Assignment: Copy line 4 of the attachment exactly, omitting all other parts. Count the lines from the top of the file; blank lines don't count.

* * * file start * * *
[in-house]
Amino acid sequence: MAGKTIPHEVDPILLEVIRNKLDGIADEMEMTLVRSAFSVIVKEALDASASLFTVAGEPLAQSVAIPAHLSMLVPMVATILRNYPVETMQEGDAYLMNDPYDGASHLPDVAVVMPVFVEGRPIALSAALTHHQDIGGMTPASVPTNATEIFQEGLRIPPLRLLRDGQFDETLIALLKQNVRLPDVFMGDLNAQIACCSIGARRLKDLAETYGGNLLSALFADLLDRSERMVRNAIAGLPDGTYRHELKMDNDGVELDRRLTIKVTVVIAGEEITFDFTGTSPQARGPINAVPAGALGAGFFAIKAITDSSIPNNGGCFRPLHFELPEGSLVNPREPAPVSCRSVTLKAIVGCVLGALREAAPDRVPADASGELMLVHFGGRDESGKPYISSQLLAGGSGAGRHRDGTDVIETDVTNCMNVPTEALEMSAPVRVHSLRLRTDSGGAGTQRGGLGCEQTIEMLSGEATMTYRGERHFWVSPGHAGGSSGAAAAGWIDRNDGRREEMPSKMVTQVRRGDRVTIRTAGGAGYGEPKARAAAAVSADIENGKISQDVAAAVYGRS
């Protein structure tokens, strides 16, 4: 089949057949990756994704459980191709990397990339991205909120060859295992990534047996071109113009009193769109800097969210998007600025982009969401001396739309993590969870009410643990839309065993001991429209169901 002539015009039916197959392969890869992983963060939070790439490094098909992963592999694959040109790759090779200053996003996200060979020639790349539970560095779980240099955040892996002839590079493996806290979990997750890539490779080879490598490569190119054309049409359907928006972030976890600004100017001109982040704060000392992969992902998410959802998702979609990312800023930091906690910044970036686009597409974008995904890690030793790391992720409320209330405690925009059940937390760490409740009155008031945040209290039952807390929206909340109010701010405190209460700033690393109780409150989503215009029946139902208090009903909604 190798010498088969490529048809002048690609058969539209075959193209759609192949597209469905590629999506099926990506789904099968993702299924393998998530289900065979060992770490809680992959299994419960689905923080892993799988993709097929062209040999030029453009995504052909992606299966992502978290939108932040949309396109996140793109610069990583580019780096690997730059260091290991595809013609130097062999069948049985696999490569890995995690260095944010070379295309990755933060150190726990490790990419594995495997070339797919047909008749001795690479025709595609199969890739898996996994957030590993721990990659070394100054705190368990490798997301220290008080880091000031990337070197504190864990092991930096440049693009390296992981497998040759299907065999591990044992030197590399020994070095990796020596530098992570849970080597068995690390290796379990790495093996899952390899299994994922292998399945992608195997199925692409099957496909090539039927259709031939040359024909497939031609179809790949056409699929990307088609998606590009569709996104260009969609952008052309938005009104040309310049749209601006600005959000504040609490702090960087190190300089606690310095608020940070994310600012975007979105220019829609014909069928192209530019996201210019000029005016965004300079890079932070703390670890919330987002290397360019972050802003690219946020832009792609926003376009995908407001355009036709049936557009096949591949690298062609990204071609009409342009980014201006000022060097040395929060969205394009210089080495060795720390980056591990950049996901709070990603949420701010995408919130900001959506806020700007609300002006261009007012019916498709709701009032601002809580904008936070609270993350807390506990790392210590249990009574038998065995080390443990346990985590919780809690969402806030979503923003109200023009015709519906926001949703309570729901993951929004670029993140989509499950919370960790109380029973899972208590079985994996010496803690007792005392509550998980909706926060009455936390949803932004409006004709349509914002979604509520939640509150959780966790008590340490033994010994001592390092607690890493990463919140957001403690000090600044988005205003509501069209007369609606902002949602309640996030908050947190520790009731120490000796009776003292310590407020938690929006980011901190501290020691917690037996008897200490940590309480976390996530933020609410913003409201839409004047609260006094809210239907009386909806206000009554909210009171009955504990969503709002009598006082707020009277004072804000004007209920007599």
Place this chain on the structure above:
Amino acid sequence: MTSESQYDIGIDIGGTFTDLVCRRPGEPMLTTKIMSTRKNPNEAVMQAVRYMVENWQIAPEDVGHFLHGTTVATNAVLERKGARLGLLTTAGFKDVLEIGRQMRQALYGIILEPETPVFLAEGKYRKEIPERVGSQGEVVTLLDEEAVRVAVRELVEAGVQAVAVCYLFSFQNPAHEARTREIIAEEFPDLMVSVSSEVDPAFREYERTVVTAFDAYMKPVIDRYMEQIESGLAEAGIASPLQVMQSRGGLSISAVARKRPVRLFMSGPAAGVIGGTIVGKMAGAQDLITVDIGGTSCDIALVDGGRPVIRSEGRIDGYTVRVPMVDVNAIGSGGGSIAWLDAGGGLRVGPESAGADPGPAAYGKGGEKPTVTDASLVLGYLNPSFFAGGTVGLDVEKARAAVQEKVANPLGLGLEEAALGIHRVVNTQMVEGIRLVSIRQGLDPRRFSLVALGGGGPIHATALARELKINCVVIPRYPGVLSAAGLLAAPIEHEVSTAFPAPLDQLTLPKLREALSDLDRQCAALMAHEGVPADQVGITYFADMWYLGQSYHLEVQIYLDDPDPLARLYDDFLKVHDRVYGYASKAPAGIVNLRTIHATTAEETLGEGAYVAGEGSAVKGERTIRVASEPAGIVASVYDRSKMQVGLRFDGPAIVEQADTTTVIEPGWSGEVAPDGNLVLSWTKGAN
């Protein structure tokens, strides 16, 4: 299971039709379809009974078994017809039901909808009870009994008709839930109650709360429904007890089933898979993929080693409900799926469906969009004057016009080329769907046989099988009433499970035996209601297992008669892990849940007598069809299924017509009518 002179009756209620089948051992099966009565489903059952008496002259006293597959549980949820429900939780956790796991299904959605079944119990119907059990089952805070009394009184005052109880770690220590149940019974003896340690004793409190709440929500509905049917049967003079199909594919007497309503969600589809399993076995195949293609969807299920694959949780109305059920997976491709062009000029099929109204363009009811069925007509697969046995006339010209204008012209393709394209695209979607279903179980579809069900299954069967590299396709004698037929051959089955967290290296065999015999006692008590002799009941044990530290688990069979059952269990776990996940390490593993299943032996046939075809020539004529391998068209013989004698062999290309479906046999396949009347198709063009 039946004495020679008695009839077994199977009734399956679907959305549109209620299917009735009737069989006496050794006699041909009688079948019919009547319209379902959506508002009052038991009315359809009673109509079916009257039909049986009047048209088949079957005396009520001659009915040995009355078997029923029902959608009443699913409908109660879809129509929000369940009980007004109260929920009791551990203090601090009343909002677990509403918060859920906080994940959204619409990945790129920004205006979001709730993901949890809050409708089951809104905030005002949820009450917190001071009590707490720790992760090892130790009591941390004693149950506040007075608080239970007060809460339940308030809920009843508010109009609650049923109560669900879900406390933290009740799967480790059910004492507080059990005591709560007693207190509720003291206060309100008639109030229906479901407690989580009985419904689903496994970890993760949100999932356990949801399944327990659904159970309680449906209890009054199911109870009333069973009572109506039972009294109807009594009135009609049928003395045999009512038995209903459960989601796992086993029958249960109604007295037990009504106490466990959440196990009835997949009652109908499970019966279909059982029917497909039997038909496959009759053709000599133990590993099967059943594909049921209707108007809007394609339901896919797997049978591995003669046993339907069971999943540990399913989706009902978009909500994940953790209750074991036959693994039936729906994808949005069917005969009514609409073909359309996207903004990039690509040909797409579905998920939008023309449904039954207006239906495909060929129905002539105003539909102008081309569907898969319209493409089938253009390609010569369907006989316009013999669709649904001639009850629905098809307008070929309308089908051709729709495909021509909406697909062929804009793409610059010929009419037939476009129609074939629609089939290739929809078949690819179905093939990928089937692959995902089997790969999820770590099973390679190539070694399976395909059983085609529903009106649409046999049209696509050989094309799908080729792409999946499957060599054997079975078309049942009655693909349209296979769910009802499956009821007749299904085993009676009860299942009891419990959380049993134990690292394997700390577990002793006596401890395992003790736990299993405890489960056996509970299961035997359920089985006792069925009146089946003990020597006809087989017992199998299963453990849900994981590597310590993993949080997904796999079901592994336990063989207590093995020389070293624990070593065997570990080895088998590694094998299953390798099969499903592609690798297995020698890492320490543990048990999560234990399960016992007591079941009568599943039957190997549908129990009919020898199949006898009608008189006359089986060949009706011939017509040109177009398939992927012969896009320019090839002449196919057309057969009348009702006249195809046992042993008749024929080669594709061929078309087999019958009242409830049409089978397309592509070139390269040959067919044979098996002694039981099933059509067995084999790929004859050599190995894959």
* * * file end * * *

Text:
Place this chain on the structure above: